You can make a difference in changing high-stakes testing. Read the National Resolution on High-Stakes Testing and click on the individual button to sign.
Additional articles to support the resolution:
“I think if you talk to any parent, educator, student and now you have fiscal administrators speaking out all across the state, saying that we’ve gone way too far. We’re spending 45 days out of the school year preparing for benchmarks, drilling, and the whole thing, for the test,” resident Mike Corwin said during citizen’s communication. “I think there is a broad consensus that has come together to say we’ve overstepped on this issue.”
The authors conclude that there is no convincing evidence that the pressure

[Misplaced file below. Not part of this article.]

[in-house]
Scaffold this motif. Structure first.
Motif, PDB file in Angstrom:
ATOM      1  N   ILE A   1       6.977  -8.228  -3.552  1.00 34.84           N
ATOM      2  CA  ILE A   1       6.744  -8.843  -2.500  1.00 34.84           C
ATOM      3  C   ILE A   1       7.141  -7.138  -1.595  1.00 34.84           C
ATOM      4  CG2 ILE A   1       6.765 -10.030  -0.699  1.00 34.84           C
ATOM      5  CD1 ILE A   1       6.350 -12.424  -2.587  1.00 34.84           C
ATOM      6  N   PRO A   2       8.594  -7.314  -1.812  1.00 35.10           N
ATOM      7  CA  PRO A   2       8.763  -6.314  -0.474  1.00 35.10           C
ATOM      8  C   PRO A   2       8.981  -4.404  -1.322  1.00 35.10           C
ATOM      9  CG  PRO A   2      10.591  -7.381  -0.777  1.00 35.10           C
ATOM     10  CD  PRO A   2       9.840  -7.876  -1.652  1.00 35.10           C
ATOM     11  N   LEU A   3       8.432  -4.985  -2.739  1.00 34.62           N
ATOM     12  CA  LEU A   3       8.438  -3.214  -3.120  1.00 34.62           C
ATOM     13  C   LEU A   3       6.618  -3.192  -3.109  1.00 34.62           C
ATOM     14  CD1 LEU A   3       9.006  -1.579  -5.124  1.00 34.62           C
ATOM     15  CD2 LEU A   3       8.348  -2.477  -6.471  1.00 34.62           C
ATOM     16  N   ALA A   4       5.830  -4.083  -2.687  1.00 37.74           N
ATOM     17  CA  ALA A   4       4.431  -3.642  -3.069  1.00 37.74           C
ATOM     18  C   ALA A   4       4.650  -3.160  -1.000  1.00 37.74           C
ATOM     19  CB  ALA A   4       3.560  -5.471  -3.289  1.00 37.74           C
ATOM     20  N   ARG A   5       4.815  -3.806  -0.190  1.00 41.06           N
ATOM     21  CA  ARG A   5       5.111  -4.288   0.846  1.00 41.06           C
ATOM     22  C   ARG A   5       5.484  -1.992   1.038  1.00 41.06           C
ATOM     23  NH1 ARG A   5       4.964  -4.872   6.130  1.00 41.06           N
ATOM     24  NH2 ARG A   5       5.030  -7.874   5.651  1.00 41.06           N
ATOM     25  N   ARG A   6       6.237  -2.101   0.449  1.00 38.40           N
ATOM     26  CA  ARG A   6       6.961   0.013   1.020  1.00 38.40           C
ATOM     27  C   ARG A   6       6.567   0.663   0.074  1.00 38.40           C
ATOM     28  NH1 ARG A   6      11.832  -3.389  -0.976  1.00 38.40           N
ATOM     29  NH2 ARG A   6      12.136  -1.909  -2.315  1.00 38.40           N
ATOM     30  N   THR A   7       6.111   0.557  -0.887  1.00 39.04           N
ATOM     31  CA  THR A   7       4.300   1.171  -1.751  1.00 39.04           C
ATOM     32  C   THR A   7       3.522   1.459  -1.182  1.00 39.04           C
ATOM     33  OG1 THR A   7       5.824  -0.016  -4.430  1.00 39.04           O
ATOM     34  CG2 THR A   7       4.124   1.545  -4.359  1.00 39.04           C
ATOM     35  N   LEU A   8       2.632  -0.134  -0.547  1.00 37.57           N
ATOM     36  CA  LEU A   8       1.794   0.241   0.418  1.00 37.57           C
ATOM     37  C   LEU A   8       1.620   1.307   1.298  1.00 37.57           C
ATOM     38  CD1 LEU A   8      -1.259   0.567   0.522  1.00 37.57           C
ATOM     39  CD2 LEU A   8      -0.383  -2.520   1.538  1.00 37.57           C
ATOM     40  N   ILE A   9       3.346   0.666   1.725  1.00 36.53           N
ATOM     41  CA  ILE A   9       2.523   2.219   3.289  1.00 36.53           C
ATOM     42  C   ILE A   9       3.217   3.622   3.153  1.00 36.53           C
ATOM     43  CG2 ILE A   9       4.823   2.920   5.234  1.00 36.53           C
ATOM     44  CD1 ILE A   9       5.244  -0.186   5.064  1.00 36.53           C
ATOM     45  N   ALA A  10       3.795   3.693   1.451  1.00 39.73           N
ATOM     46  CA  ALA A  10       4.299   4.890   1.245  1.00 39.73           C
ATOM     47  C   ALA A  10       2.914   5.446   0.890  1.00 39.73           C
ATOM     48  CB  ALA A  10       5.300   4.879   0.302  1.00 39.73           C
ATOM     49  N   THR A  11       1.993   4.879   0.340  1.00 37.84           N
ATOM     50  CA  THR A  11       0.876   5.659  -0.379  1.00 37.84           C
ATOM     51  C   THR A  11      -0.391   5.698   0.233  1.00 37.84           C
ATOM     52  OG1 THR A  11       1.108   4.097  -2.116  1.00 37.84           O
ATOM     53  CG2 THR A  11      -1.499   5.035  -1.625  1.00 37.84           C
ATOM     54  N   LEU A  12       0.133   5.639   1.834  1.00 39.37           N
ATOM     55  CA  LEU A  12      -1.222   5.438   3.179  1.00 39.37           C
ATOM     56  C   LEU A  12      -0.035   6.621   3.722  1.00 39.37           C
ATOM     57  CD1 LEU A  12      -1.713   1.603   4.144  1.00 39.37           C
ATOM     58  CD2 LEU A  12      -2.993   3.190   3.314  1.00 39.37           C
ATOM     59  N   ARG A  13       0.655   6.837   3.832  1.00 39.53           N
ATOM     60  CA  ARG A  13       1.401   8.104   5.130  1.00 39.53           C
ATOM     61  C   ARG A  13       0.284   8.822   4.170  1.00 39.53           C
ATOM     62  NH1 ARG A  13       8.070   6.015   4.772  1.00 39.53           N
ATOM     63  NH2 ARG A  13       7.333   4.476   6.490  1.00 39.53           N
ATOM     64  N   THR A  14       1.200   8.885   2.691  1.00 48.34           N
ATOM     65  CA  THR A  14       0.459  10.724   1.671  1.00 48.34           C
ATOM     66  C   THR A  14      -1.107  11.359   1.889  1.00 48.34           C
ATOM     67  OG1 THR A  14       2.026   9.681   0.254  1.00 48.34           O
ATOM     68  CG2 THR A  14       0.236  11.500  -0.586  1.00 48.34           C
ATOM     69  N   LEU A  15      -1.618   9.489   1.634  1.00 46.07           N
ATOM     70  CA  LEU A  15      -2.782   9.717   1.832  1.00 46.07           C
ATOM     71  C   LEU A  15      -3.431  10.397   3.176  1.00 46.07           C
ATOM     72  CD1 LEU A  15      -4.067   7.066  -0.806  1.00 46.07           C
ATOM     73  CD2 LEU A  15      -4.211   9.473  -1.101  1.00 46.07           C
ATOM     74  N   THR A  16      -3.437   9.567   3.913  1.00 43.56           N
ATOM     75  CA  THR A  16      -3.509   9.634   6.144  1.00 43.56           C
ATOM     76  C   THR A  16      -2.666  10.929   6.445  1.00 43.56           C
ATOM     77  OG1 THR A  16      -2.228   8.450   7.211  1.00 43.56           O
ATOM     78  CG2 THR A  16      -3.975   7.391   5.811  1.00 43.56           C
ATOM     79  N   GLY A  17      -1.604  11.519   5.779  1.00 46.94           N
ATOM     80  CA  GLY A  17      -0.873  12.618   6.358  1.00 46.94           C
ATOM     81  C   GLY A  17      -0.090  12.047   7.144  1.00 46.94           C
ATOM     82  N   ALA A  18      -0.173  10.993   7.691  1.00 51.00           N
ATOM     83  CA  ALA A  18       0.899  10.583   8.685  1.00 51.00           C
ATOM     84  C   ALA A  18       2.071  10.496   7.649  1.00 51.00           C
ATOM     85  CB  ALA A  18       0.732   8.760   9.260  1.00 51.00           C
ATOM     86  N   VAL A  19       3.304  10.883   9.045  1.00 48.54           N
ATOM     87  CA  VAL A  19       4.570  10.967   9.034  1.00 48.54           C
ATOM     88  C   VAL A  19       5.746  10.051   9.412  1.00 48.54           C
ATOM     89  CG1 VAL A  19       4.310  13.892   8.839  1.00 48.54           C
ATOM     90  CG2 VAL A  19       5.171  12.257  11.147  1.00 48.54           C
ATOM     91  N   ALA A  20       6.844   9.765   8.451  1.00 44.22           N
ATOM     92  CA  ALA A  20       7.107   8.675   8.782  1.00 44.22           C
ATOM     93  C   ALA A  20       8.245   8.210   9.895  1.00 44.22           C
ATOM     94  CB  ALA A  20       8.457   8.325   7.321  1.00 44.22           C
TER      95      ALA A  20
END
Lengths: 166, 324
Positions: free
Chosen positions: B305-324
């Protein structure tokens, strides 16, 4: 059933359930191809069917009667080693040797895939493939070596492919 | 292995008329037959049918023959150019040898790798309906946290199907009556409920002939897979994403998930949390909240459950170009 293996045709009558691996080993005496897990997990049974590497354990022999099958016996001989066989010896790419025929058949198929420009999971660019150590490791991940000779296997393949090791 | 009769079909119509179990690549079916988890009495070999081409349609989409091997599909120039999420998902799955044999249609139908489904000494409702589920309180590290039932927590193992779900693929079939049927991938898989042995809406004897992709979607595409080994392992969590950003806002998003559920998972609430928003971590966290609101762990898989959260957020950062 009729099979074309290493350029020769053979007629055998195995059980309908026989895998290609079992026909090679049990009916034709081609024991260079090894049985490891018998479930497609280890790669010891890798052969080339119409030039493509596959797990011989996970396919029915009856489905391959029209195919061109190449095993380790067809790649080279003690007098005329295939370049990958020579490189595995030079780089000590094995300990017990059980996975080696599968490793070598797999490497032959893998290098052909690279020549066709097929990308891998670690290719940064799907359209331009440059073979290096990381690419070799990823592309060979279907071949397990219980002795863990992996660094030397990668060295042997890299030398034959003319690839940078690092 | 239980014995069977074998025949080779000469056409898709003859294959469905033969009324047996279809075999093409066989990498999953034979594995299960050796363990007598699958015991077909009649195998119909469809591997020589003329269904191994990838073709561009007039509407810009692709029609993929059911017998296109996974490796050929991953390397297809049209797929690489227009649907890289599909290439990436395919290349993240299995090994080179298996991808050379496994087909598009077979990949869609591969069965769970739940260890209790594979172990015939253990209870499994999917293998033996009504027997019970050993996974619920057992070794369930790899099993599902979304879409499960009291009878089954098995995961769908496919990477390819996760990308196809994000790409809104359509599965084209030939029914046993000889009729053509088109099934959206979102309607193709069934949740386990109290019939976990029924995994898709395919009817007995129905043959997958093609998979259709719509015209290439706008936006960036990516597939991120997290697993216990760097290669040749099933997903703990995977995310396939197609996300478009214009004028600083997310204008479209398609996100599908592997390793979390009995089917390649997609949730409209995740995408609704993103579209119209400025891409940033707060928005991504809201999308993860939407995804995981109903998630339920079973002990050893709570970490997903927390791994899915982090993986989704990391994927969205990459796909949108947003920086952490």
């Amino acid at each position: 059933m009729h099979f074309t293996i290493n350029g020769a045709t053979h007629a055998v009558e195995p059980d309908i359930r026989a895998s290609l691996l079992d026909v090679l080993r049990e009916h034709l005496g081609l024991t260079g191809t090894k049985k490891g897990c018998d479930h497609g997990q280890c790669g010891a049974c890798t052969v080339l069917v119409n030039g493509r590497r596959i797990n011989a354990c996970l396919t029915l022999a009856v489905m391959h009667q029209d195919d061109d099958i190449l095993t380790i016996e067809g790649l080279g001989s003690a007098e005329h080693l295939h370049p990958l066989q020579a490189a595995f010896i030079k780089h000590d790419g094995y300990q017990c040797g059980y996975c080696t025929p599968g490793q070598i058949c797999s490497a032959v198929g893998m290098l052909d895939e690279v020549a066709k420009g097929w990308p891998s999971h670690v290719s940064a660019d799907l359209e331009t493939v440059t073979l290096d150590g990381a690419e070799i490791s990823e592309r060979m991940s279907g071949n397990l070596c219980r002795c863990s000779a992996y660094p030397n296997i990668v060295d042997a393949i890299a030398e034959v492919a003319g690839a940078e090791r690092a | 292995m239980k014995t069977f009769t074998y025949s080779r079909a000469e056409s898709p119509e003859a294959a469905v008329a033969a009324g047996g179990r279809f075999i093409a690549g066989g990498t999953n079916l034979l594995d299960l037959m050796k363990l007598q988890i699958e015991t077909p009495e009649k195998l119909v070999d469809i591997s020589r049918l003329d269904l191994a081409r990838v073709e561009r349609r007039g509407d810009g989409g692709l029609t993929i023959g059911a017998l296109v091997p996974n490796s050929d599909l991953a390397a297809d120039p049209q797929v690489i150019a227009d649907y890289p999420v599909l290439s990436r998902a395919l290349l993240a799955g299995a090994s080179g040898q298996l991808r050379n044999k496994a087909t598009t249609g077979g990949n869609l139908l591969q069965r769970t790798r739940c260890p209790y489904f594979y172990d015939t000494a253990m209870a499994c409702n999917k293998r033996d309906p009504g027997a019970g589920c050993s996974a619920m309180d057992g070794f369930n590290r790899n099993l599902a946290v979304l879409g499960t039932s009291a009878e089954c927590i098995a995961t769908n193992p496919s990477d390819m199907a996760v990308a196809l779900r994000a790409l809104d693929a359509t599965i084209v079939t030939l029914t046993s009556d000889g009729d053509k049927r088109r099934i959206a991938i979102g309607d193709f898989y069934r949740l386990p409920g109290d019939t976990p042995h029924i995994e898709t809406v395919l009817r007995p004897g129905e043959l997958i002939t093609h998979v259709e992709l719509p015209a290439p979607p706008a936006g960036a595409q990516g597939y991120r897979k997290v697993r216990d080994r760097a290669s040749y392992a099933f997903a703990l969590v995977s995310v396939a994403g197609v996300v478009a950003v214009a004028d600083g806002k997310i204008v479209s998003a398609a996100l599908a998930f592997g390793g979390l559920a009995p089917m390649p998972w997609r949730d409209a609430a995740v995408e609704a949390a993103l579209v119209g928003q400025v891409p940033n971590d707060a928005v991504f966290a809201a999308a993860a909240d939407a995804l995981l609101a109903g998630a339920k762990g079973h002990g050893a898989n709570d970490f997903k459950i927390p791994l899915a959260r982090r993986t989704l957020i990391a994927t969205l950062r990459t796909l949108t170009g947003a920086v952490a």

associated with high-stakes testing leads to any important benefits for students’
achievement. They call for a moratorium on policies that force the public education
system to rely on high-stakes testing.
In earlier posts, I have advocated banning high-stakes testing as a means of making significant decisions about student performance (achievement in a course, passing a course—end-of-year-tests, being promoted, and graduating from high school). I suggested this because the research evidence does not support continuing the practice in American schools.
Do you have a comment on this testing mania our students are enduring?